by Jamie O’Hanlon

Traditionally, the end of year is a good time to take stock and plan for the coming year and this year is no exception. 

2020 has been a challenging one to say the least, however as with all challenges, there have been lessons learned, a deep appreciation for the support of family, friends and colleagues and every reason to be optimistic about business opportunities in the coming year.

Some suggestions for you and your business as we look forward to next year:

Assess where you are

This is a good time to take stock – an opportunity for you to review where you are in your business and think about where you want to take it next year.

Establish how the year has gone, understand the key income and cost drivers in your business – where have they been this year, where would you like them to be.

Speak with clients, colleagues, friends and family – all stakeholders in the business. Listen to what they have to say.

Engage with your employees. Review their performance and assess what their expectations are for the coming year.

Small steps will get you there

As a business owner, I look at my own needs and demands from the business.

Ask yourself what you would you like to get out of it? Is it a lifestyle business? Do you need to provide a better income for you and your family, start planning for retirement? Focus on your goal and put a plan in place.

When engaging with clients, my own staff looking at ways to improve performance, I always encourage slow steps. A 5 per cent reduction in overheads or a 5 per cent increase in income can turn into a cumulative increase of 50 per cent in 10 years.

Don’t bite off more than you can chew.  Focus on an objective and slow steps, continual reviews and consistency will get you there.

Narrow your focus

One thing we have all learnt in 2020 is to expect the unexpected. We have become accustomed to living with a level of uncertainty. Brexit is an unknown for every business, large and small; the course of the pandemic and the roll out of vaccines, could mean a further 6 months until we return to any level of ‘normality’.

For now, business owners need to focus on a smaller window. For example, we are now working on much shorter-term cash flow models for our clients – forecasting what cash flow will look like over 13 weeks as opposed to the entire year. This narrow focus helps navigate short term challenges and uncertainties. Deal with what’s in front of you and schedule cash coming in and going out over this shorter cycle.

Stick to you promises

Know this is a difficult one right now however it is so important that we all continue to honour our financial commitments. 

Get a strong commitment from anyone who owes you money. Seek promises you can rely on and those promises are returned when we pay our suppliers, keeping much needed cash circulating in the economy.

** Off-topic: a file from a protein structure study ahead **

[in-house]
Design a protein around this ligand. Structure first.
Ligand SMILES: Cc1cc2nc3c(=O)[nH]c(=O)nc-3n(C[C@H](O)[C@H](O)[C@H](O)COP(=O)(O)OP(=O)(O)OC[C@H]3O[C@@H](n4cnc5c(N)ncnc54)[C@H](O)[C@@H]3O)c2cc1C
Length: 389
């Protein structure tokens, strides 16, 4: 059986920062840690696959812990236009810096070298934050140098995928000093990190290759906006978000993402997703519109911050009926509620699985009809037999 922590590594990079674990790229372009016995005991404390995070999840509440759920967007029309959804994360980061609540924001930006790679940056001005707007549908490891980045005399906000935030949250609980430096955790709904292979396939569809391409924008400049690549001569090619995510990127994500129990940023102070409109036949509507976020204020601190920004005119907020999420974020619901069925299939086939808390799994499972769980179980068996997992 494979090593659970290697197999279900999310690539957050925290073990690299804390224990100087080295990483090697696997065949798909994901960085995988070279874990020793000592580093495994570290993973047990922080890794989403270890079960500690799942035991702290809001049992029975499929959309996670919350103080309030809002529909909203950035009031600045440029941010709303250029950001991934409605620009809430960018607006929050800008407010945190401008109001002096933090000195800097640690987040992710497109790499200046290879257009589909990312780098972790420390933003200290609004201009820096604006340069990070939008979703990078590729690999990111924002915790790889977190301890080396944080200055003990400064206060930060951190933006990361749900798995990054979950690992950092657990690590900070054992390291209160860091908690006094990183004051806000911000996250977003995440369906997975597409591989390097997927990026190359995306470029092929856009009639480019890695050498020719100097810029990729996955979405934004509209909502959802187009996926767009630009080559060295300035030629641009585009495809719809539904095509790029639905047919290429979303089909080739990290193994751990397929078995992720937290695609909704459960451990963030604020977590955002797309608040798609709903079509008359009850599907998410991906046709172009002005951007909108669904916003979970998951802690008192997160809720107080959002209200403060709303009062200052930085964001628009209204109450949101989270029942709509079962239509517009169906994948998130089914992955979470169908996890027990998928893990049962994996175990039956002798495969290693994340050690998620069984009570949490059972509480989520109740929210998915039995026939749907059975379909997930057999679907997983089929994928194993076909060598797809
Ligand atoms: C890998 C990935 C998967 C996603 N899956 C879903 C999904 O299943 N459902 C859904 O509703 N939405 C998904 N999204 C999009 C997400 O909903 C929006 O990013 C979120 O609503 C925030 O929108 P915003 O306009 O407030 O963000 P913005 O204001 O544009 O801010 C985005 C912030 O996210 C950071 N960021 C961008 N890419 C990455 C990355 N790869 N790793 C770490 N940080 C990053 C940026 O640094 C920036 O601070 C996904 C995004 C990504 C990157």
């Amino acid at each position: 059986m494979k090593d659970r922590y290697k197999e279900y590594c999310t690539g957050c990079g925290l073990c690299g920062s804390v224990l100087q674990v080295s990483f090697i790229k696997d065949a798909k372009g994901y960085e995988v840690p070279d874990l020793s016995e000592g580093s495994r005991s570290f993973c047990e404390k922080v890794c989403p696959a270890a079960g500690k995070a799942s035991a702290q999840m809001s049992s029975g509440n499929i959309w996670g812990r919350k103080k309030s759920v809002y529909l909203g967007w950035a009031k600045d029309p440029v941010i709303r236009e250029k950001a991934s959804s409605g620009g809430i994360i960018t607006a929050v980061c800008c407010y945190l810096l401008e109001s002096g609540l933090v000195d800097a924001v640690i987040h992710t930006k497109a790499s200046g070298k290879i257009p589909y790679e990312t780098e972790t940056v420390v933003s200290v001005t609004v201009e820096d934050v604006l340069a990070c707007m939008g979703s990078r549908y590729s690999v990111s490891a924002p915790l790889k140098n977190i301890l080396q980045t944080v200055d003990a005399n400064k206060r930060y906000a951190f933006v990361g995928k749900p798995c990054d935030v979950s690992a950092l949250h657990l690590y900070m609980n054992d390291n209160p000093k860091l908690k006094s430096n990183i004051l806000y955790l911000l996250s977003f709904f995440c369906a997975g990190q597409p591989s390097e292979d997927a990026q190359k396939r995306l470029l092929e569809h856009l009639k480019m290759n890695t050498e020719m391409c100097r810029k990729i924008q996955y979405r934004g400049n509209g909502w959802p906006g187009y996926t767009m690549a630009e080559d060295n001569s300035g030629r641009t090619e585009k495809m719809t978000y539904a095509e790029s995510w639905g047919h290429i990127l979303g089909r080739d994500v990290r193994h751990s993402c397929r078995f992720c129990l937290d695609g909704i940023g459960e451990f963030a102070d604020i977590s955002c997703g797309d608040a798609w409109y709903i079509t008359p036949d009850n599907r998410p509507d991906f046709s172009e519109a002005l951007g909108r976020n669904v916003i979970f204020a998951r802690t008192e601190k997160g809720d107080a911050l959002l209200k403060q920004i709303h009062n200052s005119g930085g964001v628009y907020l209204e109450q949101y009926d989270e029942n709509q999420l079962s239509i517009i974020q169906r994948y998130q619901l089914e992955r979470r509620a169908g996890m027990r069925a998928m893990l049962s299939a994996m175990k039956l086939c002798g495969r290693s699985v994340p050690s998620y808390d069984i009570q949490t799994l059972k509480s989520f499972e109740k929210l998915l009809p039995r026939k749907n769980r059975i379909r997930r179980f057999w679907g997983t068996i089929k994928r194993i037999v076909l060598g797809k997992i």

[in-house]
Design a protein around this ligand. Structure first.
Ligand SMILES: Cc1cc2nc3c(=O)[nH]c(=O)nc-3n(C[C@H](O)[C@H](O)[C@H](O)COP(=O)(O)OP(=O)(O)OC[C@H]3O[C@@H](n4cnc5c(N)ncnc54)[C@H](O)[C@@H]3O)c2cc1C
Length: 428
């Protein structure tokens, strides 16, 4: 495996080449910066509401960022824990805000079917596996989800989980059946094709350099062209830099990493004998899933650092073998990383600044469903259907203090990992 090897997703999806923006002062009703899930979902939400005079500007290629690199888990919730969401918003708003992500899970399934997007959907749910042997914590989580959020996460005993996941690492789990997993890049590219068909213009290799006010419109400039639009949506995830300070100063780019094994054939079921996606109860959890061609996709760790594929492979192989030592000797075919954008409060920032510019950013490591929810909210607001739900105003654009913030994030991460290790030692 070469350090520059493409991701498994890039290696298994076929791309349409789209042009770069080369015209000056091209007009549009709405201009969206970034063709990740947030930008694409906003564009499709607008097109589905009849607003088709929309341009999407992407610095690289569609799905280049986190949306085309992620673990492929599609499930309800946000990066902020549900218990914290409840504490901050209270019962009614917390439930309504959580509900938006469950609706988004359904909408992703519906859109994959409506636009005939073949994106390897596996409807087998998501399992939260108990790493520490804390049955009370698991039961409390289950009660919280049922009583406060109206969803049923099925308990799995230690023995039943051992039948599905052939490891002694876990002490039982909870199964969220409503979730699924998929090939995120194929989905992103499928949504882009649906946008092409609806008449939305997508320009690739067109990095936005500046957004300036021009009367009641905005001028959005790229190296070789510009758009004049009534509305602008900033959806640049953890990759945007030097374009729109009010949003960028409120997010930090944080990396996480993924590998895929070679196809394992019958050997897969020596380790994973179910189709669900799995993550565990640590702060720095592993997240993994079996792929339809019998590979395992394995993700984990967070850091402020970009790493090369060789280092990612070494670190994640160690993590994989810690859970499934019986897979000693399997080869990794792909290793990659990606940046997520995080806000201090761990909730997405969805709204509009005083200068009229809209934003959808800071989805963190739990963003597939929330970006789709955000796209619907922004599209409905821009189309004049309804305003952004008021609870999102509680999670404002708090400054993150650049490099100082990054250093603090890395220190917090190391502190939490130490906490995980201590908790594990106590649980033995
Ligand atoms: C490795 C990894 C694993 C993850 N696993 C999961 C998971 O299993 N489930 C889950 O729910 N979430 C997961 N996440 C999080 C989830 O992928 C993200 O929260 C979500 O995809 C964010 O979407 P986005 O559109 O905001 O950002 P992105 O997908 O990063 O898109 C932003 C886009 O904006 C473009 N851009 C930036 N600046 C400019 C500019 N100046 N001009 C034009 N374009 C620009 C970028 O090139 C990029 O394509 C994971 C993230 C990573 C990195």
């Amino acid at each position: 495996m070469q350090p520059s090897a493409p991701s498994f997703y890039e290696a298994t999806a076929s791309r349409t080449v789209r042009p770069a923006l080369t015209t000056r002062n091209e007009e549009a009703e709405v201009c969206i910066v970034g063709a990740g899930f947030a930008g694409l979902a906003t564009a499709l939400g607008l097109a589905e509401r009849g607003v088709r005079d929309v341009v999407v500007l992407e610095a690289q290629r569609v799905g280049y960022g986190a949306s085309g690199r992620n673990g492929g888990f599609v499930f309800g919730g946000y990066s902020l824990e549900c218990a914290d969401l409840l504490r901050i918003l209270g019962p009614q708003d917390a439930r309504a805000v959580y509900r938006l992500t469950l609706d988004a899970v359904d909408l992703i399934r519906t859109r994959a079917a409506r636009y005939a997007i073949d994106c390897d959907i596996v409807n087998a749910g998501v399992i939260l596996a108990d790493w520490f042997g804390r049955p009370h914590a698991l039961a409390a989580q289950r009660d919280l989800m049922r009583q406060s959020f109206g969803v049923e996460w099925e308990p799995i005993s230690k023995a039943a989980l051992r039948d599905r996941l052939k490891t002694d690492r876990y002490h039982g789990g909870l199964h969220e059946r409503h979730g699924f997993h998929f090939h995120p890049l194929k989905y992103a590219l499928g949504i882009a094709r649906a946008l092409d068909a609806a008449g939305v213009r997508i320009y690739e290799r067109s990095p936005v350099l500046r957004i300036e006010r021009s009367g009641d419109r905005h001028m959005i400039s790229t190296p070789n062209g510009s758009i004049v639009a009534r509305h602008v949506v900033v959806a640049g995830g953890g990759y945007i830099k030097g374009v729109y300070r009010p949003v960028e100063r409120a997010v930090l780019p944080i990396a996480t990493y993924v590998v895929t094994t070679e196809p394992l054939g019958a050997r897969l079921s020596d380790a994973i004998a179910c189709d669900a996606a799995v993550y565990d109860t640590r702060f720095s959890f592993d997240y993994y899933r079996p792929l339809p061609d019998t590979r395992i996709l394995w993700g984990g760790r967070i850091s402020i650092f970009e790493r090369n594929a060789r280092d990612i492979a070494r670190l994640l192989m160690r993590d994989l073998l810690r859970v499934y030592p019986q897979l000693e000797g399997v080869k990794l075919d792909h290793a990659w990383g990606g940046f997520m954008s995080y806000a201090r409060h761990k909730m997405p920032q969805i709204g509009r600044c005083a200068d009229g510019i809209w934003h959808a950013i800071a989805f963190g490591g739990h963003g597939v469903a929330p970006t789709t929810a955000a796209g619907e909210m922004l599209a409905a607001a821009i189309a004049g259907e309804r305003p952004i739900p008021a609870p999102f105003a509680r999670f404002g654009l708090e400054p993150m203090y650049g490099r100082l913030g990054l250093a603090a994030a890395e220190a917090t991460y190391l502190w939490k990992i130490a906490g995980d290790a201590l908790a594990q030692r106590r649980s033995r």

Find ways to reward yourself

Business is challenging at the best of times and this year has been a particularly stressful one for business owners, their families, and employees.

Reward yourself for the adjustments you have had to make, the tough decisions you’ have had to take. Find a way to pat yourself on the back for getting through 2020!

Look into ways of paying yourself a bonus or book a holiday  when restriction allow. 

This uncertainty won’t last for ever and it’s important to set goals, ambitions. Having something to look forward to makes the hard work worthwhile.

Good efforts by Government

I applaud Government efforts to support businesses during this crisis. Quick decisions were made at a critical time, making short term support and cash flow measures available to individuals and businesses when they needed it most.

Of course, some businesses have had greater challenges than others and for those businesses I would like to see greater supports in the new year – I’m talking about hospitality, pubs and restaurants.

Looking Ahead

If uncertainly continues beyond March next year, I would expect Government measures to continue. And if there are sectors where the need is greater, that is where the support should go. 

Based on our clients’ performance and what I am seeing in the marketplace generally, I am optimistic about next year. 75 per cent or more of our clients are reporting good performances this year, not necessarily without Government supports.

If we have a relatively good year next year, and when optimism returns, these businesses are in a good position. They have the cash reserves to spend and invest again, which was the intention of the Government supports all along.

A word of thanks

On a personal note, a sincere thank you to our clients for your business this year.

I wish you all and your families a Happy Christmas and best wishes for the New Year.

As always, my appreciation to the team at Avid Partners for their hard work, commitment and support.

We got through 2020!  Let’s give ourselves a pat on the back, enjoy a well-earned rest and we look forward to seeing you in 2021.


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